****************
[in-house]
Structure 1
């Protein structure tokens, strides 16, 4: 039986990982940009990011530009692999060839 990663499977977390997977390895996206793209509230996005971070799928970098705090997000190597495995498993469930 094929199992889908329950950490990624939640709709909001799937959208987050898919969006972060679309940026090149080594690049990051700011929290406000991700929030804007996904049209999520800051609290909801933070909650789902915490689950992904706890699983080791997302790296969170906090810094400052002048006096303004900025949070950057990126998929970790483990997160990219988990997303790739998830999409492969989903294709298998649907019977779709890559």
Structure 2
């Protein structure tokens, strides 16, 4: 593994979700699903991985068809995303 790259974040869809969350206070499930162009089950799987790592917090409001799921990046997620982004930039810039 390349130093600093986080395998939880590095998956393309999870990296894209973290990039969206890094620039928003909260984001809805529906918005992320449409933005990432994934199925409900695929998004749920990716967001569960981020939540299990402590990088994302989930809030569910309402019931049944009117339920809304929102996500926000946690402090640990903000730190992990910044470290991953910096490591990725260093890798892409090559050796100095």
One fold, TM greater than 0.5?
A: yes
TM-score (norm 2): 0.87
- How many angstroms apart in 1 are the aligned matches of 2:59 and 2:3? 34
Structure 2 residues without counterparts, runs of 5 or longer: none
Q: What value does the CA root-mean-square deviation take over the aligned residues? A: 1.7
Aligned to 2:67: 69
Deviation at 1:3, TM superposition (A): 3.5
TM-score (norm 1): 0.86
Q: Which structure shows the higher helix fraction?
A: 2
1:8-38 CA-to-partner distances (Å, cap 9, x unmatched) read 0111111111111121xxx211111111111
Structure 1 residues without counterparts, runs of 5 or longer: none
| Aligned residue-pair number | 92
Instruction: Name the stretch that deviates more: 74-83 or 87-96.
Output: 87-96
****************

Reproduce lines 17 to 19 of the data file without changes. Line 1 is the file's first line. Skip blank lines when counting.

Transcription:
1:8-38 CA-to-partner distances (Å, cap 9, x unmatched) read 0111111111111121xxx211111111111
Structure 1 residues without counterparts, runs of 5 or longer: none
| Aligned residue-pair number | 92